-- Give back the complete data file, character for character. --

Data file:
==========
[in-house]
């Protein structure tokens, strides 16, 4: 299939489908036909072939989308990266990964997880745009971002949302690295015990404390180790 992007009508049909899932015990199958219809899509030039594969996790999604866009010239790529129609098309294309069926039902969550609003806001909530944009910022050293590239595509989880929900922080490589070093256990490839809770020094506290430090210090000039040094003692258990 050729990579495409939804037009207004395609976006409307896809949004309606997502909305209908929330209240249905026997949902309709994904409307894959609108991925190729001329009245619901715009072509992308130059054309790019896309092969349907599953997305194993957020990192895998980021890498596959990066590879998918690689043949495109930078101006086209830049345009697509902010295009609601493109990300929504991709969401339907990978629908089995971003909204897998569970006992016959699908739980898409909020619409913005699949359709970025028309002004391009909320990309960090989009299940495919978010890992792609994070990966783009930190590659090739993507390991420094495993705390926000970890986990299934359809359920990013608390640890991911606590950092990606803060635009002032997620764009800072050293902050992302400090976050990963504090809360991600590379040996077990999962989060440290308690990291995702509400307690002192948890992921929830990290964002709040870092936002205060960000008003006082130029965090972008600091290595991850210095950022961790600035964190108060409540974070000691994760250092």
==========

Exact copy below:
[in-house]
């Protein structure tokens, strides 16, 4: 299939489908036909072939989308990266990964997880745009971002949302690295015990404390180790 992007009508049909899932015990199958219809899509030039594969996790999604866009010239790529129609098309294309069926039902969550609003806001909530944009910022050293590239595509989880929900922080490589070093256990490839809770020094506290430090210090000039040094003692258990 050729990579495409939804037009207004395609976006409307896809949004309606997502909305209908929330209240249905026997949902309709994904409307894959609108991925190729001329009245619901715009072509992308130059054309790019896309092969349907599953997305194993957020990192895998980021890498596959990066590879998918690689043949495109930078101006086209830049345009697509902010295009609601493109990300929504991709969401339907990978629908089995971003909204897998569970006992016959699908739980898409909020619409913005699949359709970025028309002004391009909320990309960090989009299940495919978010890992792609994070990966783009930190590659090739993507390991420094495993705390926000970890986990299934359809359920990013608390640890991911606590950092990606803060635009002032997620764009800072050293902050992302400090976050990963504090809360991600590379040996077990999962989060440290308690990291995702509400307690002192948890992921929830990290964002709040870092936002205060960000008003006082130029965090972008600091290595991850210095950022961790600035964190108060409540974070000691994760250092």